classes are archetypes, they aren't the rule of the game.
they create new classes any time they want. why not let me create a new class. exactly like i said. and build my new class with a point-buy system. if you want to play a classic barbarian wizard ranger sorcerer whatever, you should be able to if you want, you should be able to play a custom class if you want.

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Originally Posted by Etruscan
Originally Posted by D1spl@yN@me
if im a mind flayer, a creature class, i get these racial type powers, maybe i get psionics, maybe i can levitate,
...
i like maybe skyrim better, i use a conjuration spell over and over, then my conjuration skill goes up. simple right ?

Which begs the questions why play D&D at all then? What you're saying is tantamount to walking into a Japanese restaurant and being disappointed that there isn't pizza on the menu.

Originally Posted by mr_planescapist
Originally Posted by D1spl@yN@me
if im a mind flayer, a creature class, i get these racial type powers, maybe i get psionics, maybe i can levitate,
i get a physical form that gives me various resistances,
but then d&d comes in and tries to pin a class on this,
there is no class for this, its a monster class, the mind-flayer did not go through training school,
they give you x amount of hitdice, that's it.

with that much making sense,

why can't i just roll up a human, with no class. why do you have to railroad me into believing that i need a past profession or training to excel or exceed in a fantasy simulation..
the problem i have with classes, is that once i choose a class, then it takes away the option for all the other classes,

its kind of stupid really.
id like to see a class system more like oblivion elder scrolls 4, where there is no real class, its just a name, you get a series of stats and abilities that define your character,

on your end, in your computer environment, you can create any unit to have any ability or stat that you want. they can be infinitely powerful, it doesn't have to follow any kind of class rule system.
then you introduce class systems, you do nothing but NERF the player with that. while the monster npcs don't have to follow that rule, its kind of annoying.
every character essentially wants to be good at everything. lets face it that's a fact.

a better d&d system than classes, is you have a point-based buy system. you want to be proficient in light armor , then that costs 1 point, then you want to be proficient in medium armor 1 pt more,
then you want a basic array of weapons simple weapons 1 pt more again, you want to have access to x spells, that costs points,
then your total of stats and abilities that you bought with the point buy system, reflects what kind of character you are.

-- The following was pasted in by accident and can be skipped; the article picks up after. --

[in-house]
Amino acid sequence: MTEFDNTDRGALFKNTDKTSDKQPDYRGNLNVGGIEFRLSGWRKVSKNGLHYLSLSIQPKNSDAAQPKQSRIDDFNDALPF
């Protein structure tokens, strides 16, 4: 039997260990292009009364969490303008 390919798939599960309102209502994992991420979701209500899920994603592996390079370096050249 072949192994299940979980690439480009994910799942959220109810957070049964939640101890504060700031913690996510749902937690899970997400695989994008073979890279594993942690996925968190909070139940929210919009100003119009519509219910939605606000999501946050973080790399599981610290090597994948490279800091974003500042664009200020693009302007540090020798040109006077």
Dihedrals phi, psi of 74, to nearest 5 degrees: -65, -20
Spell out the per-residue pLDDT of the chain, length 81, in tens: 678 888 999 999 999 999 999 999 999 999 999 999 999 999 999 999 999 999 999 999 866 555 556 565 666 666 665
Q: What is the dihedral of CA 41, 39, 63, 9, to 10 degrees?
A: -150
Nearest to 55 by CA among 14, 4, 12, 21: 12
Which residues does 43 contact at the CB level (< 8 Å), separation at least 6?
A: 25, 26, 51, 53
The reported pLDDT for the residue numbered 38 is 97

in d&d say im playing a cleric im a big healer right, but i go through this dungeon, never use 1 heal spell, and i kill 50 goblins with my mace, and boom im level 2, now im a better healer than previously !!
i like maybe skyrim better, i use a conjuration spell over and over, then my conjuration skill goes up. simple right ?


Oh man that way of thinking about classes is precisely why cRPGs are turning to shit. <cry>.

<<...why do you have to railroad me into believing that i need a past profession or training to excel or exceed in a fantasy simulation..>>

ROFL. Or you joking right? Do you understand the underlying concept of a party based RPG? This isnt God of War, Witcher or Elder scrolls.

<<..the problem i have with classes, is that once i choose a class, then it takes away the option for all the other classes..>>

Hence the whole point of classes because this is a party base RPG.
Seriously is this for real? Are we at that lowest point now that we need to argue whether or not we need CLASSES in a cRPG D&D game?
Whats next? Why is the setting in a fantasy world and not on EARTH?? Screw rules, why cant we just have parachutes and automatic riffles for everyone??

i'm not FORCED to take party members with me, this is supposed to be semi open semi sandboxish. i can just walk out into the world, and reject the company of every other npc in the game. in which case - i'm playing solo, with zero party members.

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Originally Posted by D1spl@yN@me
why do i have to play with a party ?? why cant i lone wolf it..
Because it's a party based RPG. If you want single-character action it just might not be the game for you. You ask why you can't solo, I will ask: why only 4 party members when the originals had 6.

That said I am sure lone wolfing will be a thing - it has been in every party based RPG I can think of. One just needs to learn to game the system.

Originally Posted by D1spl@yN@me
that's unforgivable nerfing.. i'm playing alone, a single player, in a single-player mode. no one cares about how strongly powerful my pretend character is if its in god-mode or not...
Well, I do because I will be playing the same game, in single player with a maximum party allowed, so it is in my best interest for the game to be balanced around that.

Last edited by Wormerine; 19/05/22 06:15 PM.
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Originally Posted by D1spl@yN@me
why cant i lone wolf it..

You can. Just use barrels.

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my purpose for submitting opinions, is to speak directly with larian, and let them know my viewpoint on the game and what i would like to see in it.

my discussion towards larian is valid. - have an OPEN MIND...

i'm getting a lot of POMPOUS responses...
you don't need to try and squelch my opinion because you love yours more.
that's not the spirit of a good discussion on a forum.

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if you get 50 class buy points, and you choose, light & medium armor, martial weapons, rage, extra hit-points, and bonus move speed.. , then you can type in "barbarian" if you want in the class-box. or "super-man", or "tough-guy brawler."
or you can choose the default "barbarian" and it gives everything that i said above..

what i'm saying is d&d-based , d&d 6.0 maybe. you have to think outside the box.

on paper.. i'm invincible and immortal - and stats mean nothing. that's the reality of it. i want the game that i play to reflect that.